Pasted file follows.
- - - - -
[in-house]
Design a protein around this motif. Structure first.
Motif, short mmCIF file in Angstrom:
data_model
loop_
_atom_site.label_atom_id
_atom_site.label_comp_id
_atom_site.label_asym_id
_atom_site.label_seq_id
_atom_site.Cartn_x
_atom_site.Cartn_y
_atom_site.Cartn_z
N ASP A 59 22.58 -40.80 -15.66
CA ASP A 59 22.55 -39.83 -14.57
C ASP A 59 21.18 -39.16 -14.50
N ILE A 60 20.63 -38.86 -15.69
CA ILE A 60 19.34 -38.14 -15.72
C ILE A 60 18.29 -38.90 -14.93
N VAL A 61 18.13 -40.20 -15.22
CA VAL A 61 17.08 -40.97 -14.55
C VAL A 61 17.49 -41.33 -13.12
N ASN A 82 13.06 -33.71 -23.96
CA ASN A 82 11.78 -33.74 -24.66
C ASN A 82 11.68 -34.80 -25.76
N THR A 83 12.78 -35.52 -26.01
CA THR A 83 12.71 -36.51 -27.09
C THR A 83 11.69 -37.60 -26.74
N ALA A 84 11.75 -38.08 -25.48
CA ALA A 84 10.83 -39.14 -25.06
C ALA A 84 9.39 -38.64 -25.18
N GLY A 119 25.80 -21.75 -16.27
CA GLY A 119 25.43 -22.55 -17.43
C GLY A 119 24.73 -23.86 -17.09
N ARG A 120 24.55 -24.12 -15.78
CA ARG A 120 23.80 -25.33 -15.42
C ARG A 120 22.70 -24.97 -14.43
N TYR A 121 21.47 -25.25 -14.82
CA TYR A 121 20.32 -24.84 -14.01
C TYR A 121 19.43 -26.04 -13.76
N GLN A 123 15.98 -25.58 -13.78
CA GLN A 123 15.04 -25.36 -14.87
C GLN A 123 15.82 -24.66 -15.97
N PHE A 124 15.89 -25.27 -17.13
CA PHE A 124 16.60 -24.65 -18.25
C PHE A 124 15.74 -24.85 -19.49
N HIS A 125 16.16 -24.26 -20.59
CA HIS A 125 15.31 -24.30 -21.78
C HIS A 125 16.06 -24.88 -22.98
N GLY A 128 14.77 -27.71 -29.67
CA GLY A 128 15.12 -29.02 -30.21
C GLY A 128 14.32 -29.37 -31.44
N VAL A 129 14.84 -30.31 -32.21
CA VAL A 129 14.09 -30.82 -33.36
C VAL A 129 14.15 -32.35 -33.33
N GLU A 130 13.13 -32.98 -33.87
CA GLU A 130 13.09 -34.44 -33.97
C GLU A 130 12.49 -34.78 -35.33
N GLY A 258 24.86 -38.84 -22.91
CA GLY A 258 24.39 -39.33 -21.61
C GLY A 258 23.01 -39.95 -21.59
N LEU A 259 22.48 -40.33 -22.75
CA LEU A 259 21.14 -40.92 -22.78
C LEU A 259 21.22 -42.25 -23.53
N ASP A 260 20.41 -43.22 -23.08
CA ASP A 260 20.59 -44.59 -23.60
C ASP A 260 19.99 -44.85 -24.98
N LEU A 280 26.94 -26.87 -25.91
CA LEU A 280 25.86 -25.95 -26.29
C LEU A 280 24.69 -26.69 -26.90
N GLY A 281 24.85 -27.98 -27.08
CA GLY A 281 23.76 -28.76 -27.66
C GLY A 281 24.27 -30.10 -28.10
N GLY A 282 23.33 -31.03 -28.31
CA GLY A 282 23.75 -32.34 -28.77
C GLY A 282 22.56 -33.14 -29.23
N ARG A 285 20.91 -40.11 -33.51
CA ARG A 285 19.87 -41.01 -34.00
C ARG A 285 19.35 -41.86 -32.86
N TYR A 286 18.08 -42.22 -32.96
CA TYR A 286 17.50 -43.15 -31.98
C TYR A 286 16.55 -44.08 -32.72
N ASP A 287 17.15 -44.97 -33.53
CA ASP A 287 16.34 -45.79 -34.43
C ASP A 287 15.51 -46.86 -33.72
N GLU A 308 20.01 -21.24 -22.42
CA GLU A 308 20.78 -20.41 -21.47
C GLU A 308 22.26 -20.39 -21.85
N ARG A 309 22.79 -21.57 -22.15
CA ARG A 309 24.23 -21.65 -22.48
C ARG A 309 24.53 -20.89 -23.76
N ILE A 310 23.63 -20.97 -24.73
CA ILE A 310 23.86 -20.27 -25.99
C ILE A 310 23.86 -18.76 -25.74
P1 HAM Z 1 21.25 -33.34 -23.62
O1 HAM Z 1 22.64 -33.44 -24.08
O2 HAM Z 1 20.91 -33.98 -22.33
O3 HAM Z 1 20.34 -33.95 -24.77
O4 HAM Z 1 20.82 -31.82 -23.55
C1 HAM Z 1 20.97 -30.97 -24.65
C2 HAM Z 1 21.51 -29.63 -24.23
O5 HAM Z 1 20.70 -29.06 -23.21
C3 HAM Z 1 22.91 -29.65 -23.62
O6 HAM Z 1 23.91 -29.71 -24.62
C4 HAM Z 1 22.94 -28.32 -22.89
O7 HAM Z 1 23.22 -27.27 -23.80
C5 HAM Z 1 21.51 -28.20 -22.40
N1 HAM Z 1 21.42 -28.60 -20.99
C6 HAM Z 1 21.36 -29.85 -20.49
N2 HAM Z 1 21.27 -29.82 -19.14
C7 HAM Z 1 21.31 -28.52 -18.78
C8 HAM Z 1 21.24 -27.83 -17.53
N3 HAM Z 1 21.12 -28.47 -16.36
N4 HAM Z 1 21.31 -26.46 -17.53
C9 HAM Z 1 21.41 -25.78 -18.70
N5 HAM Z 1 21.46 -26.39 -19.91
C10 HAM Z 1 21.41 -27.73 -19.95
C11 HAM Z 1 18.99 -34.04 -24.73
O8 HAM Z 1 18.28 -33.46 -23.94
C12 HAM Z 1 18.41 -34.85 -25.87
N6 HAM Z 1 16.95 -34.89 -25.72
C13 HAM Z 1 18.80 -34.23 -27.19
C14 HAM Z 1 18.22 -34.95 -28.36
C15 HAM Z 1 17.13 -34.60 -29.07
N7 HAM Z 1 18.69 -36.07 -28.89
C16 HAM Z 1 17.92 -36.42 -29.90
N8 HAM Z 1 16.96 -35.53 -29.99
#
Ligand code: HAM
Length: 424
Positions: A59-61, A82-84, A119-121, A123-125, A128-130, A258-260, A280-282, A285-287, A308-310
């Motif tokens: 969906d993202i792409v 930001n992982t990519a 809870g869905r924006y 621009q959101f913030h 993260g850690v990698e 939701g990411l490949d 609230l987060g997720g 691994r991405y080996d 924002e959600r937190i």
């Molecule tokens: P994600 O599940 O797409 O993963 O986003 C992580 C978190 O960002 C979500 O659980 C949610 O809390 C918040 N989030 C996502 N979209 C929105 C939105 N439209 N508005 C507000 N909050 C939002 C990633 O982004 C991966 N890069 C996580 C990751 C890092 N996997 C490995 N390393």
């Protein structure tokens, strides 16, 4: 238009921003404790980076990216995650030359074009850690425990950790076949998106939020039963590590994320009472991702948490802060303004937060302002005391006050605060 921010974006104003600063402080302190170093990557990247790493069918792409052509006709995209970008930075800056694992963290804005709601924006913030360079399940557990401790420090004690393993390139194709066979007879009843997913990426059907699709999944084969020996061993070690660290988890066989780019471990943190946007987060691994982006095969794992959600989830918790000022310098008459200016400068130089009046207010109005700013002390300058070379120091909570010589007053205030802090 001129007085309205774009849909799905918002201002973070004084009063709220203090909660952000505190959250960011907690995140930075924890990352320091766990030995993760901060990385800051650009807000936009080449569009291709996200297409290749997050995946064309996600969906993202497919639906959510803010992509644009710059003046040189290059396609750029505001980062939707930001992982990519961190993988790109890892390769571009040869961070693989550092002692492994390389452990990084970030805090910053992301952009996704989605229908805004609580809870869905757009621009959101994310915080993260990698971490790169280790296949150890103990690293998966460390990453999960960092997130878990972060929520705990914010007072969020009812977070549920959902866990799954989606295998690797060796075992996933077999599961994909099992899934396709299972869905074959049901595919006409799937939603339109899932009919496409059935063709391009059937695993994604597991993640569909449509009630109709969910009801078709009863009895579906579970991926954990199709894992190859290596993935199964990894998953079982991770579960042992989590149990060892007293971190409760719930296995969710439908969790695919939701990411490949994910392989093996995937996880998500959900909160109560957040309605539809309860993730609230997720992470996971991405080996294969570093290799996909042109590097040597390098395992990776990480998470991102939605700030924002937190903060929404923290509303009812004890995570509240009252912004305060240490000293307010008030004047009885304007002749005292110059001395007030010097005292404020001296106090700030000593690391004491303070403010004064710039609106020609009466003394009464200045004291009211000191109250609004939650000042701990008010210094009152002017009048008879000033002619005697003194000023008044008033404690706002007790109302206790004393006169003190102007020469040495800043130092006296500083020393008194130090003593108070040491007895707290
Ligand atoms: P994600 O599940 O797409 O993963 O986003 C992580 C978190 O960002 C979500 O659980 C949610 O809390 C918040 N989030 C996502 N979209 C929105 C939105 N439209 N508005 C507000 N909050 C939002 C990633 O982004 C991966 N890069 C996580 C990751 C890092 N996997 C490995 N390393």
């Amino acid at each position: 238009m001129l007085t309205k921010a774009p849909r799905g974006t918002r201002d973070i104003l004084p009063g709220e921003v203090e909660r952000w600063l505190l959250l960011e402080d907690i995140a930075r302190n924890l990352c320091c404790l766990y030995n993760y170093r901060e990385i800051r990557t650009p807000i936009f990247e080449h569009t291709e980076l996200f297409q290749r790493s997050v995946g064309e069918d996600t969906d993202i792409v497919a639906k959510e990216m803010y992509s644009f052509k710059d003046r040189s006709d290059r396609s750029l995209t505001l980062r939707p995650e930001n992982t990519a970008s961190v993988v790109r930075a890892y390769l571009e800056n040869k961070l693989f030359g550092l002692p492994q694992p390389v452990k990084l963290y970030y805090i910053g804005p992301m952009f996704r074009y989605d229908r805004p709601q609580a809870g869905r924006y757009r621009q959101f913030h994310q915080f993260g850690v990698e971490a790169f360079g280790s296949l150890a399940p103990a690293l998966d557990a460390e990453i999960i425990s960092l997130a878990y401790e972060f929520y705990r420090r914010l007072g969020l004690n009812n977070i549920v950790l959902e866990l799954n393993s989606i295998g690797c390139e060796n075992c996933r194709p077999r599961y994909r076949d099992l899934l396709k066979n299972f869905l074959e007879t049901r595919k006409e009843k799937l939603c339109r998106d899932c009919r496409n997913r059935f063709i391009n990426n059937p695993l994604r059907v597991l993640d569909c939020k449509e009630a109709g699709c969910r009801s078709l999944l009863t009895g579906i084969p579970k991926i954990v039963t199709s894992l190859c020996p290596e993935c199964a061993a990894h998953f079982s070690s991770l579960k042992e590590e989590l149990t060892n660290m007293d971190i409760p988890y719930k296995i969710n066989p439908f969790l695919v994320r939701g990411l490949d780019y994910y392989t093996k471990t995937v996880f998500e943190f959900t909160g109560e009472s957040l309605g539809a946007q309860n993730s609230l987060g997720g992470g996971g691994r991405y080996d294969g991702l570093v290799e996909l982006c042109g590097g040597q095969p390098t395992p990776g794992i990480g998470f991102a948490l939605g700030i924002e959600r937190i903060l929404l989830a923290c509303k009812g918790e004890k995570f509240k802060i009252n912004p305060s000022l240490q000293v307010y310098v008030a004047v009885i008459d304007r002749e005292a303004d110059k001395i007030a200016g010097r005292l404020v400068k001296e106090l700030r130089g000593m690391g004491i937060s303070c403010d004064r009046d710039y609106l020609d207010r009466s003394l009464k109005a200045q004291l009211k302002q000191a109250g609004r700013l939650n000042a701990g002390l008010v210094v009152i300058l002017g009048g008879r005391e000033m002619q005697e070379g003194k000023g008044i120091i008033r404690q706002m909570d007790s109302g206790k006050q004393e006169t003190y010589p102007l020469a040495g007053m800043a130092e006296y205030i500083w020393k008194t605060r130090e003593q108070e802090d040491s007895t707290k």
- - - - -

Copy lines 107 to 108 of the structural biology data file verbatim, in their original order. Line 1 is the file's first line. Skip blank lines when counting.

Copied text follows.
N1 HAM Z 1 21.42 -28.60 -20.99
C6 HAM Z 1 21.36 -29.85 -20.49